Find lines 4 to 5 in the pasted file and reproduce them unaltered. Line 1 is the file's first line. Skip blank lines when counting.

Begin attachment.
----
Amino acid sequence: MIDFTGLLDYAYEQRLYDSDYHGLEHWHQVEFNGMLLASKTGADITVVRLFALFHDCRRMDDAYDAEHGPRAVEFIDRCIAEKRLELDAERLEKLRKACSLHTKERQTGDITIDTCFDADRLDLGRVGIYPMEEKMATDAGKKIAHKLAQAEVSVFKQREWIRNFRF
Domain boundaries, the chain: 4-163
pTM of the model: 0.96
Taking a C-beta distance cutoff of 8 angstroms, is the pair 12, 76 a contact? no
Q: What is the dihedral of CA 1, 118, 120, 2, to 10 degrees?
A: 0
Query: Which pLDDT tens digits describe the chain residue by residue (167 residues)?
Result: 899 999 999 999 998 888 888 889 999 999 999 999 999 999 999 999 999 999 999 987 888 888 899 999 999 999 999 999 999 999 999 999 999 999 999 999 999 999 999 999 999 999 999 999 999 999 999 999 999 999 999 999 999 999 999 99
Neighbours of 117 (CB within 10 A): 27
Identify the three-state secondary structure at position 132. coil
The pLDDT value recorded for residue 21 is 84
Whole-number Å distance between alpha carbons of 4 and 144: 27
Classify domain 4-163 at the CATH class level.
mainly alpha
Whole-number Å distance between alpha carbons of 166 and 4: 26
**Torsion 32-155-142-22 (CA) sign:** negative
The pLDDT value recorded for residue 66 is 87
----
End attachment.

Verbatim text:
Taking a C-beta distance cutoff of 8 angstroms, is the pair 12, 76 a contact? no
Q: What is the dihedral of CA 1, 118, 120, 2, to 10 degrees?